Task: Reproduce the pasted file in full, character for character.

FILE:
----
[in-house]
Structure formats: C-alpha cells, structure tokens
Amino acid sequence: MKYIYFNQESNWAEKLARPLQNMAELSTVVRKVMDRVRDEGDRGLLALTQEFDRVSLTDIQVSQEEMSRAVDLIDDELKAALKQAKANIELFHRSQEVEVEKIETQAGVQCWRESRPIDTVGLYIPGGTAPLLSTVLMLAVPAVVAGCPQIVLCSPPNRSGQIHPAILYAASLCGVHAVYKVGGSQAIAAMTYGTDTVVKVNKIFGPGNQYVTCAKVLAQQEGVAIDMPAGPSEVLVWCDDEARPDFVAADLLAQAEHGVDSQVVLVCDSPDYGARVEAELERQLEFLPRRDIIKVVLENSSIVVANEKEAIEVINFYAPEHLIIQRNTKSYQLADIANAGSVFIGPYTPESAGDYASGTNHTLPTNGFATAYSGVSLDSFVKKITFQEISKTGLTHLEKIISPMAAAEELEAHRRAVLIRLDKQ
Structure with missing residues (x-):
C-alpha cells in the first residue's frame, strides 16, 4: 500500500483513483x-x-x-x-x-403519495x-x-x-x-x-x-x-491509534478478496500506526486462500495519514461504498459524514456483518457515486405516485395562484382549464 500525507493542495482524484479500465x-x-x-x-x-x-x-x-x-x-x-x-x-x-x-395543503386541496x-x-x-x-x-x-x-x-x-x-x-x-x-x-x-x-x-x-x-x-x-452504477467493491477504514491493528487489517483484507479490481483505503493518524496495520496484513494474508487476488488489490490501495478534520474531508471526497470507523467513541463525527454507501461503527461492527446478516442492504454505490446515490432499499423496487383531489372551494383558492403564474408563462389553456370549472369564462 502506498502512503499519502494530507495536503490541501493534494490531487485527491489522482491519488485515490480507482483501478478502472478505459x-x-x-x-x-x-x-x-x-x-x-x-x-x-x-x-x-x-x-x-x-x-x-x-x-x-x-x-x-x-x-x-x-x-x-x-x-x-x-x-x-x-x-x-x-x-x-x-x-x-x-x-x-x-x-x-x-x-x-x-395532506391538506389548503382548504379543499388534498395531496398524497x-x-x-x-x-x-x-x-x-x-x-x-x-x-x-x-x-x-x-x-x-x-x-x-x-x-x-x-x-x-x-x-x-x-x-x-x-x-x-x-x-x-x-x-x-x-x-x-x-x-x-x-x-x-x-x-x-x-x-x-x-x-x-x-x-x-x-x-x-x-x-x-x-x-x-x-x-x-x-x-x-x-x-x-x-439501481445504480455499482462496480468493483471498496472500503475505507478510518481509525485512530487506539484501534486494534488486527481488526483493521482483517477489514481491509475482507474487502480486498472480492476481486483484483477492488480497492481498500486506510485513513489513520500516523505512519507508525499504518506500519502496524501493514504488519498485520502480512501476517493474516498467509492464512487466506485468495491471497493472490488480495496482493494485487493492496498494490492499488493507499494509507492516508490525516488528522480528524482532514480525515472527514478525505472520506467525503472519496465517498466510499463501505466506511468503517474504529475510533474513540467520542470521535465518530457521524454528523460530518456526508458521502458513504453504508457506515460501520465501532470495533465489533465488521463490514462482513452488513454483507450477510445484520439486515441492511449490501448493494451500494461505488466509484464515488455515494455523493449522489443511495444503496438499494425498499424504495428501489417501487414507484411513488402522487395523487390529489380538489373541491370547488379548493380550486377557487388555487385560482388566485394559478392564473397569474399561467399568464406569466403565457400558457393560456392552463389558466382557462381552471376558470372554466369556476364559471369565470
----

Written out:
[in-house]
Structure formats: C-alpha cells, structure tokens
Amino acid sequence: MKYIYFNQESNWAEKLARPLQNMAELSTVVRKVMDRVRDEGDRGLLALTQEFDRVSLTDIQVSQEEMSRAVDLIDDELKAALKQAKANIELFHRSQEVEVEKIETQAGVQCWRESRPIDTVGLYIPGGTAPLLSTVLMLAVPAVVAGCPQIVLCSPPNRSGQIHPAILYAASLCGVHAVYKVGGSQAIAAMTYGTDTVVKVNKIFGPGNQYVTCAKVLAQQEGVAIDMPAGPSEVLVWCDDEARPDFVAADLLAQAEHGVDSQVVLVCDSPDYGARVEAELERQLEFLPRRDIIKVVLENSSIVVANEKEAIEVINFYAPEHLIIQRNTKSYQLADIANAGSVFIGPYTPESAGDYASGTNHTLPTNGFATAYSGVSLDSFVKKITFQEISKTGLTHLEKIISPMAAAEELEAHRRAVLIRLDKQ
Structure with missing residues (x-):
C-alpha cells in the first residue's frame, strides 16, 4: 500500500483513483x-x-x-x-x-403519495x-x-x-x-x-x-x-491509534478478496500506526486462500495519514461504498459524514456483518457515486405516485395562484382549464 500525507493542495482524484479500465x-x-x-x-x-x-x-x-x-x-x-x-x-x-x-395543503386541496x-x-x-x-x-x-x-x-x-x-x-x-x-x-x-x-x-x-x-x-x-452504477467493491477504514491493528487489517483484507479490481483505503493518524496495520496484513494474508487476488488489490490501495478534520474531508471526497470507523467513541463525527454507501461503527461492527446478516442492504454505490446515490432499499423496487383531489372551494383558492403564474408563462389553456370549472369564462 502506498502512503499519502494530507495536503490541501493534494490531487485527491489522482491519488485515490480507482483501478478502472478505459x-x-x-x-x-x-x-x-x-x-x-x-x-x-x-x-x-x-x-x-x-x-x-x-x-x-x-x-x-x-x-x-x-x-x-x-x-x-x-x-x-x-x-x-x-x-x-x-x-x-x-x-x-x-x-x-x-x-x-x-395532506391538506389548503382548504379543499388534498395531496398524497x-x-x-x-x-x-x-x-x-x-x-x-x-x-x-x-x-x-x-x-x-x-x-x-x-x-x-x-x-x-x-x-x-x-x-x-x-x-x-x-x-x-x-x-x-x-x-x-x-x-x-x-x-x-x-x-x-x-x-x-x-x-x-x-x-x-x-x-x-x-x-x-x-x-x-x-x-x-x-x-x-x-x-x-x-439501481445504480455499482462496480468493483471498496472500503475505507478510518481509525485512530487506539484501534486494534488486527481488526483493521482483517477489514481491509475482507474487502480486498472480492476481486483484483477492488480497492481498500486506510485513513489513520500516523505512519507508525499504518506500519502496524501493514504488519498485520502480512501476517493474516498467509492464512487466506485468495491471497493472490488480495496482493494485487493492496498494490492499488493507499494509507492516508490525516488528522480528524482532514480525515472527514478525505472520506467525503472519496465517498466510499463501505466506511468503517474504529475510533474513540467520542470521535465518530457521524454528523460530518456526508458521502458513504453504508457506515460501520465501532470495533465489533465488521463490514462482513452488513454483507450477510445484520439486515441492511449490501448493494451500494461505488466509484464515488455515494455523493449522489443511495444503496438499494425498499424504495428501489417501487414507484411513488402522487395523487390529489380538489373541491370547488379548493380550486377557487388555487385560482388566485394559478392564473397569474399561467399568464406569466403565457400558457393560456392552463389558466382557462381552471376558470372554466369556476364559471369565470